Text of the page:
Unpolished And Unrewarding
HIGH Flexible difficulty via buffs and debuffs.
LOW The hitboxes are beyond inconsistent.
WTF Poison makes everything (even bosses!) go down in one hit.
There’s a worthwhile takeaway in every game, even if it’s generally poor. It can be a deep introspective realization or a touching moment in the story, but there’s always something there. With City of Brass, what I found was a reminder of how important it is that games be fair.
Set in a procedurally generated Arabian Nights-like setting, City of Brass is a roguelike with skellies, swords and loot. Players can slice up enemies and pocket an obscene amount of gold to spend on new weapons or power-ups like increased movement speed, throw range, and more. Every three levels there’s a boss to take down, and after four bosses, it’s time to start over from the beginning without any earned weapons or power-ups.
Unlike most roguelikes, City of Brass employs a first-person perspective — this is one of its most notable features, as well as one of its most problematic because its small onscreen reticle doesn’t cue properly to what’s directly in the player’s line of sight, leading to countless missed hits. For any game that prioritizes challenge, fairness needs to hold equal weight. Difficulty is no good if the player isn’t to blame for their own failures, and this is a perfect example of how City of Brass exemplifies this.
Equipped with a whip in the left hand and sword in the right, players can try to dispatch well-realized skeletons, wizards and other humanoids by slashing and tripping them, yanking them into one of the city’s endless traps, or simply throwing nearby pots. The emphasis there is on “try” though because City of Brass often feels like a game of chance more than one of skill.
As another example of unfairness, each time I went to sweep an enemy’s leg or reflect a projectile with the whip, it was like flipping a coin. No matter the circumstances, I could never trust the hitbox of my whip to consistently land on anything, which becomes a massive problem in the back half of the game’s twelve levels when it’s vital for ripping shields away from enemies.
This issue is only amplified by an invasive (even when toned down) aim assist that drags the reticle all over, and overabundance of traps throughout the city. Spiked floors, swinging blades and trapdoors are just a few of the pervasive inconveniences that slow down fights. As if clunky, poorly weighted movement and combat wasn’t bad enough, I had to split my attention between the architecture and enemies at all times to make sure I didn’t fall victim to a cheap hit from traps or an enemy behind me.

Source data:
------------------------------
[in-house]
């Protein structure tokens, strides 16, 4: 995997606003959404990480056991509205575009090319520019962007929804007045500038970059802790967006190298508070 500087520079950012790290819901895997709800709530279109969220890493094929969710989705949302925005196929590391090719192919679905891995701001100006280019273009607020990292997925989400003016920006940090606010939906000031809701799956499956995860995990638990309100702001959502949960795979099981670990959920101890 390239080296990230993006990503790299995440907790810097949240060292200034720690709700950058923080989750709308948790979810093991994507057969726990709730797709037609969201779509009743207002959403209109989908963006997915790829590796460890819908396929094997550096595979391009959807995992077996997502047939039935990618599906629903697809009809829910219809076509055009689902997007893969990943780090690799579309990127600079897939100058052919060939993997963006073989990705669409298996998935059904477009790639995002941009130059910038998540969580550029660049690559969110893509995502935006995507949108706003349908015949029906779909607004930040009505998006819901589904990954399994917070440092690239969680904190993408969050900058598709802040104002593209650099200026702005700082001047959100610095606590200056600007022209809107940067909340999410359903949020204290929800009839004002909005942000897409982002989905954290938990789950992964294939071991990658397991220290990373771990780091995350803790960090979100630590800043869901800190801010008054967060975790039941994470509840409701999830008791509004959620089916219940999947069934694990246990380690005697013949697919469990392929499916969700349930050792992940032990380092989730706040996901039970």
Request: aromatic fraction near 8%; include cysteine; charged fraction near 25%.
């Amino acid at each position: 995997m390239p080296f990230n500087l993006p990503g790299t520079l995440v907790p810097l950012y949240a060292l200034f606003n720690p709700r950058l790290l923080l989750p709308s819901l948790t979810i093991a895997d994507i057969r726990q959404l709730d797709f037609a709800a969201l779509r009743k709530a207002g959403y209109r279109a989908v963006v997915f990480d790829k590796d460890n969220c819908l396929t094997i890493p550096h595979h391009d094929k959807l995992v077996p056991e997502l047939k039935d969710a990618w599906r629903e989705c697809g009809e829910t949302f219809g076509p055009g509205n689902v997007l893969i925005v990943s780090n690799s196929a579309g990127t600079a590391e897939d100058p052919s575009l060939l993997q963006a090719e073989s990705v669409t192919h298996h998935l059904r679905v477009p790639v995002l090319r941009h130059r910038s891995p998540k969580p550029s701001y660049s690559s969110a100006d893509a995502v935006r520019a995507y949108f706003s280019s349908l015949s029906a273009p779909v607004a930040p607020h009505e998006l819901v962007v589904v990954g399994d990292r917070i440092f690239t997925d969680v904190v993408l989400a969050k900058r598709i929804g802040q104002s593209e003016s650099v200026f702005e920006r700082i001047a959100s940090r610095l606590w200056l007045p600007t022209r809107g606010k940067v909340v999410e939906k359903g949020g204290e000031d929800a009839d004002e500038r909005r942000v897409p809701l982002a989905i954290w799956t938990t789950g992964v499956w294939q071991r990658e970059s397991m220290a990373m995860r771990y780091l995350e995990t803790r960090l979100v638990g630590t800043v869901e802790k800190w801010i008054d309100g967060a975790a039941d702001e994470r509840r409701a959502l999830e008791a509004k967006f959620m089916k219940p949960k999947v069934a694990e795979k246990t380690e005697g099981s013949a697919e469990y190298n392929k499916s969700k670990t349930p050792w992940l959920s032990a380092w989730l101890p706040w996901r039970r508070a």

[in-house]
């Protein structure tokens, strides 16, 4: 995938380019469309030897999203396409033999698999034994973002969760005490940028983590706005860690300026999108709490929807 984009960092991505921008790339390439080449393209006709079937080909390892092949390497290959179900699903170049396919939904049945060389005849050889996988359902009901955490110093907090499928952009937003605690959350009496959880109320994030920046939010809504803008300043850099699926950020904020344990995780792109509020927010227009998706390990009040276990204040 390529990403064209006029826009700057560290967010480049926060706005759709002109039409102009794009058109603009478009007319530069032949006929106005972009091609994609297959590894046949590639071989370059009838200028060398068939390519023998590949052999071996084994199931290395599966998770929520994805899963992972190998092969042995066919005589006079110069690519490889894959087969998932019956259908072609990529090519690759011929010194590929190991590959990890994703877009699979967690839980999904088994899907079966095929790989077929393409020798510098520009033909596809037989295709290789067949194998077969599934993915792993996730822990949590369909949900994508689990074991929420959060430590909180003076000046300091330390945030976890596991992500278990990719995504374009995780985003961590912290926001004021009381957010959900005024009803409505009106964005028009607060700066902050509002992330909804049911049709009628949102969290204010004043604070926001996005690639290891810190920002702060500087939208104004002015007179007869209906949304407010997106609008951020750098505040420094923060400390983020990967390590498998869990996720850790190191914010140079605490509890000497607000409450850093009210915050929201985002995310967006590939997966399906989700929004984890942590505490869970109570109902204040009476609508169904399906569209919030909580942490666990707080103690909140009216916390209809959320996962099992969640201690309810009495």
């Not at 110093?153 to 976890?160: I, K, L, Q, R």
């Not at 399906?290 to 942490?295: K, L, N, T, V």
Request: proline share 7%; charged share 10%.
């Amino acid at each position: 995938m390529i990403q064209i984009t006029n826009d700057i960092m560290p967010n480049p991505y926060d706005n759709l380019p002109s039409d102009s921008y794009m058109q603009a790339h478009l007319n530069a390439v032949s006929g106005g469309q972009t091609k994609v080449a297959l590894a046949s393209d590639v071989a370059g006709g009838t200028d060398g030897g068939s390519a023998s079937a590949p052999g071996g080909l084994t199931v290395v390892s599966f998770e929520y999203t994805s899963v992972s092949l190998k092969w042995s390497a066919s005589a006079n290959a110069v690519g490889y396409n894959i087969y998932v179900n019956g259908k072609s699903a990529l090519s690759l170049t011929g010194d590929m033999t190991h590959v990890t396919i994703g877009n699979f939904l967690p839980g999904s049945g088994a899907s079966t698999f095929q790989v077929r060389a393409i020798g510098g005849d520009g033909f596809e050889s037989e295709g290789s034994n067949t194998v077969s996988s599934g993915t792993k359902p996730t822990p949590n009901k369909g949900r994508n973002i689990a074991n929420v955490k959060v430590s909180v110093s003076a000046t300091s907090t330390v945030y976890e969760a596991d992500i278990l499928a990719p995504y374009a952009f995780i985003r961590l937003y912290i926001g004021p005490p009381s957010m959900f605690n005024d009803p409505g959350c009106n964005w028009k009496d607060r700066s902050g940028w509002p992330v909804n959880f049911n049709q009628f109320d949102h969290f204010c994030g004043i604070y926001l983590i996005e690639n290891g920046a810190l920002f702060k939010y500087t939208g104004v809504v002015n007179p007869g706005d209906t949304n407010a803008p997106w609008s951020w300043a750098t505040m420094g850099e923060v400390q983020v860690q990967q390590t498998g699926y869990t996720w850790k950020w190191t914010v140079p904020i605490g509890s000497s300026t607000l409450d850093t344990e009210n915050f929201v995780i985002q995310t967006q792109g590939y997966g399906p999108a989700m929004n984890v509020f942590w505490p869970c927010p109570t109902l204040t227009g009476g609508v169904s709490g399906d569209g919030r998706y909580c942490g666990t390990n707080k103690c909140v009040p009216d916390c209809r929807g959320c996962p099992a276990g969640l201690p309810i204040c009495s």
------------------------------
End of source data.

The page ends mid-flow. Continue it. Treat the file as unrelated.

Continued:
Unwarranted chips off my health from unseen traps or misjudged hitboxes were irritating on their own, but they were made even more frequent by recurring frame drops. City of Brass is visually impressive with clean enemy textures and flashy particle effects, but on PS4 the framerate drops severely whenever there’s too much treasure or too many enemies onscreen. A drop in frames almost certainly means death as enemy movements become too sporadic to track.
As a possible way of counteracting these shortcomings, Uppercut Games included the “Blessings and Burdens” system. This allows players to personalize the difficulty of their experience by decreasing the number of traps and enemies or increasing player damage and health. Real masochists may opt for the burdens that increase things like enemy health and trap frequency. In my experience, though, the blessings and burdens system only served as a means of (almost) ensuring fairness. With no adjustments, City of Brass is an uphill battle.
After equipping a few blessings, the playing field becomes a bit more level, but having the option to turn City of Brass into a slightly less frustrating experience isn’t enough to redeem it. A lot of roguelikes could stand to learn something about difficulty from the concept of the blessings and burdens system, but as for me, all I managed to dig out of the game’s mountains of gold and sand was that artificial fairness and difficulty can’t hold a candle to genuine polish and balance.
Disclosures: This game is developed and published by Uppercut Games. It is currently available on PC, XBO and PS4. This copy of the game was obtained via publisher and reviewed on the PS4. Approximately 16 hours of play were devoted to the single-player mode, and the game was completed. There are no multiplayer modes.
Parents: According to the ESRB, this game is rated E10+ and contains Fantasy Violence. Some of the enemies are a little spooky, but nothing too harrowing. There’s no blood or anything unsettling, just particle effects and ragdolling.
Colorblind Modes: There no colorblind modes available in the options.
Deaf & Hard of Hearing Gamers: There are some major issues with enemies spawning, starting attacks, or waking up out of the player’s line of sight. There are no visual indicators for any of these things, and they can lead to frustrating and unfair deaths. Also, there is no dialogue in the game, so there are no subtitles.
Remappable Controls: No, this game’s controls are not remappable.
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So, what you’re saying is – stick with Ziggurat for now.
Seriously, if anyone is looking for a good roguelike in first person perspective – go play Ziggurat